Catania bill seeks to provide birth-control pills over the-counter

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Washington Post Staff Writer
Tuesday, February 15, 2011; 10:42 PM

A D.C. Council member introduced a bill Tuesday aimed at allowing women to bypass the doctor's office and get birth-control pills directly from a pharmacist.

If passed by the council and approved by regulators, the proposal could upend a long-established medical practice of dispensing the pills only with a prescription.

Council member David A. Catania (I-At Large), who introduced the bill, said the District and states need to make more preventive medicine available without requiring costly visits to a doctor.

"At this point, in this city, it's already a challenge for many women in underserved communities to get the appointments and then find a pharmacy," he said. "I think it's a way to expand access to contraception and to conserve valuable resources."

Catania has the support of Planned Parenthood, which long has argued that birth control should be more readily available to women. The bill is viewed skeptically by doctors and could push the city into conflicts with antiabortion groups and Food and Drug Administration regulations.

"It raises more questions than can possibly be answered at this point," said K. Edward Shanbacker, executive vice president of the _blankMedical Society of the District of Columbia. "It has certainly caught our attention, and the first question we will ask is, 'Is it good medicine?' "

If the legislation is approved by the council, the city would authorize its _blankBoard of Pharmacy and _blankBoard of Medicine to work together to "develop and promulgate" regulations that would allow a pharmacist to furnish hormonal birth control - primarily birth-control pills - without a prescription.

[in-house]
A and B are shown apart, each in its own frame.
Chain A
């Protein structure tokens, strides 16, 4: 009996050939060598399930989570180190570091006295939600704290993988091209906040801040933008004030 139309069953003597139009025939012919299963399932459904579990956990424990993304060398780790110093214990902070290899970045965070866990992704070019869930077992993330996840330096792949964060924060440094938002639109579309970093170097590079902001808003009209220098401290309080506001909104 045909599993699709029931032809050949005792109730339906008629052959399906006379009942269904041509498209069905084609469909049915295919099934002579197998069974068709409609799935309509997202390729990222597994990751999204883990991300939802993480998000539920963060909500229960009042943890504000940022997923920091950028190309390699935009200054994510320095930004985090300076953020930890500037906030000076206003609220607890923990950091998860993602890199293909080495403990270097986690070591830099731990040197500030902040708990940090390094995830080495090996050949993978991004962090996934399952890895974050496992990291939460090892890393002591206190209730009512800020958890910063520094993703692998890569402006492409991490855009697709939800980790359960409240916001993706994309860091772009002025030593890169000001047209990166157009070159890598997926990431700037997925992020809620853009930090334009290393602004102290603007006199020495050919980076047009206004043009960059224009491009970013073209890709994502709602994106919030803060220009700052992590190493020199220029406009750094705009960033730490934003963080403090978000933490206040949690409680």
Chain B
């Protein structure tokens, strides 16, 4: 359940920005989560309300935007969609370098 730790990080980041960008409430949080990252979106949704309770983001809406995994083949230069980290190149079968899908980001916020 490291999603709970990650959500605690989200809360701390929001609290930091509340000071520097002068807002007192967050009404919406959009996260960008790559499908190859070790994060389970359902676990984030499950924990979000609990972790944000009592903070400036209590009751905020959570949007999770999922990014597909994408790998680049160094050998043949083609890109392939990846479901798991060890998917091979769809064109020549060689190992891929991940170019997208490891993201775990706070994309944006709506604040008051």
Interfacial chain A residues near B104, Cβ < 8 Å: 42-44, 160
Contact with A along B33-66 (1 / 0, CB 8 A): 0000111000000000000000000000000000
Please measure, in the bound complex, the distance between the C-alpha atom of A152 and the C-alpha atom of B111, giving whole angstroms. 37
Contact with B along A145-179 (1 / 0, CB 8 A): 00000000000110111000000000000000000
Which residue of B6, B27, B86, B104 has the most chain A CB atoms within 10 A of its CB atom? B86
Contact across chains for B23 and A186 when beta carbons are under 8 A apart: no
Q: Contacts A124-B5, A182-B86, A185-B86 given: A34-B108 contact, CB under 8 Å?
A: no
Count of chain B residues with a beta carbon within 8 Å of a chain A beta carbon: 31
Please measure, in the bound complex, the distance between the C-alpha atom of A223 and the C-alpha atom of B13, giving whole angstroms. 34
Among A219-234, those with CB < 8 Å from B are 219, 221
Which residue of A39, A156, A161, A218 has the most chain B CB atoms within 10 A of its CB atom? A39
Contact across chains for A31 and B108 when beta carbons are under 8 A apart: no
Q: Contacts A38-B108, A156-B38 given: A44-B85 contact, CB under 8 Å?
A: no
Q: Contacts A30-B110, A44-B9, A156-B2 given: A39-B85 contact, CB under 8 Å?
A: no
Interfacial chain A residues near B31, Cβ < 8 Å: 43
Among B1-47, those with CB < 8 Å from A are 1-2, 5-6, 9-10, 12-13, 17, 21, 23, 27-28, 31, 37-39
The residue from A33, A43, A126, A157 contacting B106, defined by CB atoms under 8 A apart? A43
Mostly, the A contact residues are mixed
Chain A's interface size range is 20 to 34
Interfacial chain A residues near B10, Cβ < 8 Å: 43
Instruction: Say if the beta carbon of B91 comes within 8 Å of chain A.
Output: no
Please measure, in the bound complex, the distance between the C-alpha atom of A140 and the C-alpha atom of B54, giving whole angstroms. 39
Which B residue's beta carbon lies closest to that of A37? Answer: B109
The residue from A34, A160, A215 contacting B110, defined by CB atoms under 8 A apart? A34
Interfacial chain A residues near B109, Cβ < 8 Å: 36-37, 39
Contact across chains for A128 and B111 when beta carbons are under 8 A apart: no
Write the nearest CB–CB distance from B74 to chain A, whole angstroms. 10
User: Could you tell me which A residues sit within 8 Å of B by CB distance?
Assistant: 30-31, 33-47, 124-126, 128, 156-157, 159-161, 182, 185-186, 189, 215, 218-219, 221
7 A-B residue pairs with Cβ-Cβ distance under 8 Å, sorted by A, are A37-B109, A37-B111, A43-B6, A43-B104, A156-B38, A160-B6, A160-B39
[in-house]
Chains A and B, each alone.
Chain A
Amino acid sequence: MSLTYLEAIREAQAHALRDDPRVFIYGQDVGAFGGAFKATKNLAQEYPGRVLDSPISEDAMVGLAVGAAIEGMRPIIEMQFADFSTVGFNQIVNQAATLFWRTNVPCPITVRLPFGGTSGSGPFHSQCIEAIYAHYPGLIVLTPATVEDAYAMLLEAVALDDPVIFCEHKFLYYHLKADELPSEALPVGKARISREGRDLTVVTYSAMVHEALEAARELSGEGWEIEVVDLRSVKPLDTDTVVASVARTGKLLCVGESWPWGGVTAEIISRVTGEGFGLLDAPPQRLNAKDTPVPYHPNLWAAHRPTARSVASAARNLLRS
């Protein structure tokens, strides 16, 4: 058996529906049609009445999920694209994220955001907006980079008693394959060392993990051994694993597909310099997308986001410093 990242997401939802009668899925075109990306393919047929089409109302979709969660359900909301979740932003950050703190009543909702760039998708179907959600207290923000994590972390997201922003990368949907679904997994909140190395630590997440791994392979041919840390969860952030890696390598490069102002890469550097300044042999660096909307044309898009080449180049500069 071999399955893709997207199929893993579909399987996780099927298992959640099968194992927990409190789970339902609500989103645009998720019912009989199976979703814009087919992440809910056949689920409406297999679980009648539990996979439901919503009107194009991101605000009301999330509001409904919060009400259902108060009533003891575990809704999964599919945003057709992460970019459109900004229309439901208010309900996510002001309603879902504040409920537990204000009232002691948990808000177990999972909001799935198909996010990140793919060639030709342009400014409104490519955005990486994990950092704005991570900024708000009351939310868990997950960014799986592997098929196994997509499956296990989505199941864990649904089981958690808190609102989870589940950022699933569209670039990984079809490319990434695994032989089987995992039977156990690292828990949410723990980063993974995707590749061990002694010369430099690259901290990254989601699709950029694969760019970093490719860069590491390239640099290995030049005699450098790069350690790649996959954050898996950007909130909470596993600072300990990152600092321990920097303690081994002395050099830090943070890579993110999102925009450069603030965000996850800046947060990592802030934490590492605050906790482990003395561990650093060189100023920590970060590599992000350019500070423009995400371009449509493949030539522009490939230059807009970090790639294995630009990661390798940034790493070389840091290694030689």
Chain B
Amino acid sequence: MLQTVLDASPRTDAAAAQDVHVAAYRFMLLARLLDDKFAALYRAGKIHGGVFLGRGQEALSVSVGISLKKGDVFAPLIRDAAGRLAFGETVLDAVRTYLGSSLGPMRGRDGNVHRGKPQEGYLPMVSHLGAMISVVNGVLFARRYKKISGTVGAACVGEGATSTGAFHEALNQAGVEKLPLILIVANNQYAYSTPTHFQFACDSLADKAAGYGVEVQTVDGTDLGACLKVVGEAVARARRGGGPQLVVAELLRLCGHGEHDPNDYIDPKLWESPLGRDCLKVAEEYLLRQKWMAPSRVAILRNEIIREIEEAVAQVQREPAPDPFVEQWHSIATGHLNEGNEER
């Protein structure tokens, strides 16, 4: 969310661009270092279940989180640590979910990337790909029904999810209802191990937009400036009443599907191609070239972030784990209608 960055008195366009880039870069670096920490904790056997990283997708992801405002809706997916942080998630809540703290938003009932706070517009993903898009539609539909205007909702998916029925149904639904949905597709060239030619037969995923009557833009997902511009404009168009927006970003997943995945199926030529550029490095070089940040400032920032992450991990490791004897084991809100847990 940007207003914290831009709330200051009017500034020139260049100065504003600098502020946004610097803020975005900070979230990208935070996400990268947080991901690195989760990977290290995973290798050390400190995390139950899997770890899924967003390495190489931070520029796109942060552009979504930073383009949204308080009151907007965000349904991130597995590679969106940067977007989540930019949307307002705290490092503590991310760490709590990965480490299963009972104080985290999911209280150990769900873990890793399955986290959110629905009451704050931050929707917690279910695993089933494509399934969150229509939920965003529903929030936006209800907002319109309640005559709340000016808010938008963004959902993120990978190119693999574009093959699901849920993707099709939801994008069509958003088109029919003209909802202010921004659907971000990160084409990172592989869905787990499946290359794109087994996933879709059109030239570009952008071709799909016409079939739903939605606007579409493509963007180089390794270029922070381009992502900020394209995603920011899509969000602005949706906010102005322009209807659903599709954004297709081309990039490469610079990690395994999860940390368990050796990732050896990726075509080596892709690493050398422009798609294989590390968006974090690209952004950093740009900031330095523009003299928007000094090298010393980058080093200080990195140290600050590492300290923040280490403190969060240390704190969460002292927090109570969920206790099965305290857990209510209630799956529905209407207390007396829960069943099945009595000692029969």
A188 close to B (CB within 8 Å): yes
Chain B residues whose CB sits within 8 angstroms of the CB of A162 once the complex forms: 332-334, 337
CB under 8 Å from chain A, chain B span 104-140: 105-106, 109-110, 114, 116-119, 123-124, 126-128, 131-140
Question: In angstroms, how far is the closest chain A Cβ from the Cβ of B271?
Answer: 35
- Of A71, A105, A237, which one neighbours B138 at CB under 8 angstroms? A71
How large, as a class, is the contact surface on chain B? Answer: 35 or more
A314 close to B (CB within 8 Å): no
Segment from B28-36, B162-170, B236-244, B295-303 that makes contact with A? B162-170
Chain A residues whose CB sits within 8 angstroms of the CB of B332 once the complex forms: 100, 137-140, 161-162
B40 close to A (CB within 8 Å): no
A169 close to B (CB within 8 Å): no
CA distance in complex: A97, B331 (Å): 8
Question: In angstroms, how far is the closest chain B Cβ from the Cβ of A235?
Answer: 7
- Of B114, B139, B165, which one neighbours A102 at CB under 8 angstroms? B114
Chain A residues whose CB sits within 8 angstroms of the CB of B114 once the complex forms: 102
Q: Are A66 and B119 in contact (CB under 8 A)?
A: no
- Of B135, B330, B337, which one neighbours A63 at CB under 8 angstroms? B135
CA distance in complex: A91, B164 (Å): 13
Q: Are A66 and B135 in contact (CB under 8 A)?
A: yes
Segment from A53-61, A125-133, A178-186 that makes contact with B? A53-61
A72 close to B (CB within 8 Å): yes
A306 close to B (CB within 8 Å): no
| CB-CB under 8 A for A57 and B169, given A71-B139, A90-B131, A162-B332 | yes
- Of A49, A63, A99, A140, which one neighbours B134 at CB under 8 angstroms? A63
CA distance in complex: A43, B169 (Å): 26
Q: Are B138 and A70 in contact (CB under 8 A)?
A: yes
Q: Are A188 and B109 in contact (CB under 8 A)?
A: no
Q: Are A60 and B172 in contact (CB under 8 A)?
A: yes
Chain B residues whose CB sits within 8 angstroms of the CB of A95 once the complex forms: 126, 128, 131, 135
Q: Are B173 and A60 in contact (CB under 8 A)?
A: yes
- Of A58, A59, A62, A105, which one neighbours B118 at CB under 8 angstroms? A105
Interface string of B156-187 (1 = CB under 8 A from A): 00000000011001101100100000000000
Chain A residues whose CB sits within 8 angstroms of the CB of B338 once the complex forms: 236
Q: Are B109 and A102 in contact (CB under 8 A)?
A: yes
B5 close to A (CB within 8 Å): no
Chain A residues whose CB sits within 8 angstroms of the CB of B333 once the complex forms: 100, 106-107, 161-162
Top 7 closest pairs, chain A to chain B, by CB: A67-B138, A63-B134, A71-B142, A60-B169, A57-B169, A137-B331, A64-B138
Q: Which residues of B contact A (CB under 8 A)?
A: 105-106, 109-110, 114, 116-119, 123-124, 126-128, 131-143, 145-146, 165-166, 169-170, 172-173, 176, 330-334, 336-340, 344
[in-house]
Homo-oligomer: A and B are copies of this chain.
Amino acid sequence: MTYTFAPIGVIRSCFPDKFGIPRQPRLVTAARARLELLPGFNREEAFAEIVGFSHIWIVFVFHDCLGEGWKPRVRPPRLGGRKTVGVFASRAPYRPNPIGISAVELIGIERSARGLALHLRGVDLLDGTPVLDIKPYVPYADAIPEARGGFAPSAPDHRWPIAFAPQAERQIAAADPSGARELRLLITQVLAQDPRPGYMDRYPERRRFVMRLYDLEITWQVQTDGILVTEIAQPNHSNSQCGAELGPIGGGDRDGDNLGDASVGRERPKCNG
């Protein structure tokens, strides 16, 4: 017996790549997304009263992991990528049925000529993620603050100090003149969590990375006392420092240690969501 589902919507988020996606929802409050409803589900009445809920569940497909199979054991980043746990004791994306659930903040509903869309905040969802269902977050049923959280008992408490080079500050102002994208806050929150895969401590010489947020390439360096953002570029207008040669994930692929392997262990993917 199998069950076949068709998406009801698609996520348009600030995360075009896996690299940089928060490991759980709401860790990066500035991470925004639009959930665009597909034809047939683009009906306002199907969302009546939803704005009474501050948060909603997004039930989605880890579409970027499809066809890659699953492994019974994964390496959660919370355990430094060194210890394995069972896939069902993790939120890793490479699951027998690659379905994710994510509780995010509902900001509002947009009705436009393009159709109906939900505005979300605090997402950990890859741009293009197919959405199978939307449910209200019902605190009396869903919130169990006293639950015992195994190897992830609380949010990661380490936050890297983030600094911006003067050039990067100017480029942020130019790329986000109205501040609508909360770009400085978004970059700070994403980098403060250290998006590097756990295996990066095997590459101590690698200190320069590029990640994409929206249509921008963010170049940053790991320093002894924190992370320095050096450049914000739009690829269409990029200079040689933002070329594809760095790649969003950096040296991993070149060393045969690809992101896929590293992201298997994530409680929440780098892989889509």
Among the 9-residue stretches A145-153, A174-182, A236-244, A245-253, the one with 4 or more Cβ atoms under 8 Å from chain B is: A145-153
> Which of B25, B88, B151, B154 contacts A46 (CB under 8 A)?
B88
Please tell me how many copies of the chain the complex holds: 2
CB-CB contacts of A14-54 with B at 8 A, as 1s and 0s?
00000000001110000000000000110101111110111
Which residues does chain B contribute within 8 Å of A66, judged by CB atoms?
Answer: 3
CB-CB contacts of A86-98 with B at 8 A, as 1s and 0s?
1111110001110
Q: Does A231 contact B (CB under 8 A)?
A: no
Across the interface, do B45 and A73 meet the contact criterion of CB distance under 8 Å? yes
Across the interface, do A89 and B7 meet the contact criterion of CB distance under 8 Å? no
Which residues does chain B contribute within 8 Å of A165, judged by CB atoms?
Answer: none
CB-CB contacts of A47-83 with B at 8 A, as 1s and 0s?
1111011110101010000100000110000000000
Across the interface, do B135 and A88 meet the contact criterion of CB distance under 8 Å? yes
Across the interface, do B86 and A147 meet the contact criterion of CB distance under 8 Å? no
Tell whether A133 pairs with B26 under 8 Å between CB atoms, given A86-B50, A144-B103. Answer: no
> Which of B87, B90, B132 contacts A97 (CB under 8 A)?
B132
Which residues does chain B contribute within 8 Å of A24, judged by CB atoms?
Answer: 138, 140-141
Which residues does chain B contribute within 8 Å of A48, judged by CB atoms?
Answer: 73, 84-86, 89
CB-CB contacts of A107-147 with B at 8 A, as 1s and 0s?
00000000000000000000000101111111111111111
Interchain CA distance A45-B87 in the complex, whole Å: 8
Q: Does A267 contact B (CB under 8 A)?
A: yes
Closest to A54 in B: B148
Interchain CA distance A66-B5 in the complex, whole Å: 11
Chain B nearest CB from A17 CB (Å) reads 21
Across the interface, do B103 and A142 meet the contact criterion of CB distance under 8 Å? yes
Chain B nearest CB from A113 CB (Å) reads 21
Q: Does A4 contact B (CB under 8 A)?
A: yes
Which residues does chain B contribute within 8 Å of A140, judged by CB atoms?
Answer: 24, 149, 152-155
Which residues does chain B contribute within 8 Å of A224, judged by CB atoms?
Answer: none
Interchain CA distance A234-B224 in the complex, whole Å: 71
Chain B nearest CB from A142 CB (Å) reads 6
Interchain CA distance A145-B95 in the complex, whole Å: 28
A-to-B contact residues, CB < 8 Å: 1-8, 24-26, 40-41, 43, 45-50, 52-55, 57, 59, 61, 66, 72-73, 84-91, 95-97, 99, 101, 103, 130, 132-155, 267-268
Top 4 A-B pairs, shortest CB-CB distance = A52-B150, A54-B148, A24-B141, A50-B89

Catania's legislation does not set age restrictions on who would be able to obtain birth control from a pharmacist, saying that such decisions should be left up to the boards as part of the rulemaking process.

How far the District - which long has had a liberal reputation for promoting condoms and other forms of contraception - can go in allowing pharmacists to dispense birth-control pills is unclear.

Possible clash with FDA

In 2006, the FDA approved the sale of Plan B, the so-called morning-after pill, over the counter to women who are age 18 or older.

But the FDA long has maintained that daily usage of birth-control pills should be monitored and prescribed by a physician, largely to limit side effects or possible interactions with other medicines.

Shelly Burgess, an FDA spokeswoman, said Catania's proposal could fall within a "gray area" if the city's Pharmacy Board signs off on it.


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